He rolled his eyes. “Because they’re all idiots, mom.”
Gloria didn’t disagree. She was a teacher. Her own students probably thought she was an idiot. Most times at work she felt like one.
“We’re going to have to have a meeting with him.” Michael shrugged, no big deal.
Gloria looked at him over the rims of her glasses, considering saying something more. His father had expressed concern a few weeks ago when Michael had first begun shaving his head. It was one thing for him to have the short hair, Donald said, but he had a whole look now, a black flight jacket, 18-hole Doc Marten combat boots. Did Michael know what he looked like? Did he know the history of his own family, what it meant that his very own grandparents had fled Germany because of people who dressed like Michael now dressed?
But when Gloria mentioned it to Michael–Your father’s worried–Michael had just rolled his eyes. When is Dad not worried? He’d said, which had made Gloria laugh.
She never questioned his clothing choice. Never told him he couldn’t shave his head.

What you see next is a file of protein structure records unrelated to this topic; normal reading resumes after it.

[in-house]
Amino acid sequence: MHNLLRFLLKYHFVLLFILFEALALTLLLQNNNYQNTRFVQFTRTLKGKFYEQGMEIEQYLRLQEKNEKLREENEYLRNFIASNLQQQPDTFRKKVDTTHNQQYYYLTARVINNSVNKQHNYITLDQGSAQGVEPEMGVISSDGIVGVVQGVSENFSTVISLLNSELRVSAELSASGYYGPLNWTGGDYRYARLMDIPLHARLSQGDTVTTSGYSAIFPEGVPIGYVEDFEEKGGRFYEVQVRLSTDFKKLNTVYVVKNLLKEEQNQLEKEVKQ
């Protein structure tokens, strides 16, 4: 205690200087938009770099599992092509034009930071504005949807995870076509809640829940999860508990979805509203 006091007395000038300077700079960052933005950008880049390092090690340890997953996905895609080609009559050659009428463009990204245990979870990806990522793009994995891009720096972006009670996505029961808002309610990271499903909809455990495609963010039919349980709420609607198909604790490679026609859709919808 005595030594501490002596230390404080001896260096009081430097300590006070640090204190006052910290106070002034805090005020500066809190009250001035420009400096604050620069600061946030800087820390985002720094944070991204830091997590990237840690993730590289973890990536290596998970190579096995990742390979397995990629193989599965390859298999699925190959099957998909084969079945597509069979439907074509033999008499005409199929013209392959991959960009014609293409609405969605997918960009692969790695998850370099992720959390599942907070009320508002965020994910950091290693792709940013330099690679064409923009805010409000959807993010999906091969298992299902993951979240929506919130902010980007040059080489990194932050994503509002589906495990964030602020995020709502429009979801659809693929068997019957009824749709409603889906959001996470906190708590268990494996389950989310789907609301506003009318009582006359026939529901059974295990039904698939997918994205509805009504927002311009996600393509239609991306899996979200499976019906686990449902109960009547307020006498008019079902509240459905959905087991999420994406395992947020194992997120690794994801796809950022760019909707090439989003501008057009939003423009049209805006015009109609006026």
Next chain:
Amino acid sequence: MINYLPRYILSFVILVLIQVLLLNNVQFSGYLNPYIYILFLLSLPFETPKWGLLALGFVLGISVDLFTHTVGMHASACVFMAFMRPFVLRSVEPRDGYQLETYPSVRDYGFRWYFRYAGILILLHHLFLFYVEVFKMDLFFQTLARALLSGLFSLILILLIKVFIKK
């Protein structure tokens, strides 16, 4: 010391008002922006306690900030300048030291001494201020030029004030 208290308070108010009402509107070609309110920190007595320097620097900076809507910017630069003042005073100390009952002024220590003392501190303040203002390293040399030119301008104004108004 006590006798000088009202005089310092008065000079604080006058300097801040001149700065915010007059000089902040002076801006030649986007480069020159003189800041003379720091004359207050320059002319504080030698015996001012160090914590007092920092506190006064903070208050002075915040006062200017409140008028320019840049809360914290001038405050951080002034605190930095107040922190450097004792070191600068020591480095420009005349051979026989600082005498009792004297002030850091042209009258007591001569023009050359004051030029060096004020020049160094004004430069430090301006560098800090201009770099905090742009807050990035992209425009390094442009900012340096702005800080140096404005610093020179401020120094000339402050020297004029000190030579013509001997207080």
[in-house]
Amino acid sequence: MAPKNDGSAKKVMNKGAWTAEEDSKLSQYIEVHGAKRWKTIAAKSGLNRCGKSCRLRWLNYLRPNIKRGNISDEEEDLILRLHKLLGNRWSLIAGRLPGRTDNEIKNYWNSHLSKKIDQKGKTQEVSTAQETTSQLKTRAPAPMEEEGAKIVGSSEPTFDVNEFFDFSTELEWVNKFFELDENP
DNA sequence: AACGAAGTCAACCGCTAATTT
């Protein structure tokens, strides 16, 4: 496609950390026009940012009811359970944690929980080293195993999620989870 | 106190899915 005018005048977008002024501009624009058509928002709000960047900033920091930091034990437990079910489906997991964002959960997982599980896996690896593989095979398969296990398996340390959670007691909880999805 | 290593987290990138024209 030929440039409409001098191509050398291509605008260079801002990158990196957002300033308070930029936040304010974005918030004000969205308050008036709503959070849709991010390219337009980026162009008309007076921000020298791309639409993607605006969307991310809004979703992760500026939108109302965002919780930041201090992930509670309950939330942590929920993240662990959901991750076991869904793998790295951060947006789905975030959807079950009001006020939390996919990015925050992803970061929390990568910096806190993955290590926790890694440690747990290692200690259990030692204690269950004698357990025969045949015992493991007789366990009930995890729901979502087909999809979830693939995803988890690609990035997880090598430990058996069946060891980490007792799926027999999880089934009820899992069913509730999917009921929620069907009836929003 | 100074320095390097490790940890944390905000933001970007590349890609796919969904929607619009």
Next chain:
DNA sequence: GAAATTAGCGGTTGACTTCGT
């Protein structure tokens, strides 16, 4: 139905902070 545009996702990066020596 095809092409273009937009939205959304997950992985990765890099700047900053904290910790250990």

What was Gloria supposed to do anyway, take him shopping, tell him what he could and could not wear? He would laugh in her face. He would stuff it all into his backpack and change into whatever he wanted the moment he got outside. He was sixteen years old. Sometimes it seemed as though he didn’t even belong to Gloria anymore. He belonged to whatever lay out there, waiting for him.
Besides, Gloria wasn’t inclined to worry about Michael. On the contrary, she marveled at him. Nine years old when Gloria and Donald divorced, he had gone and found a family out in the world. Last year he fell in love with the bass guitar and now practiced with his band nearly every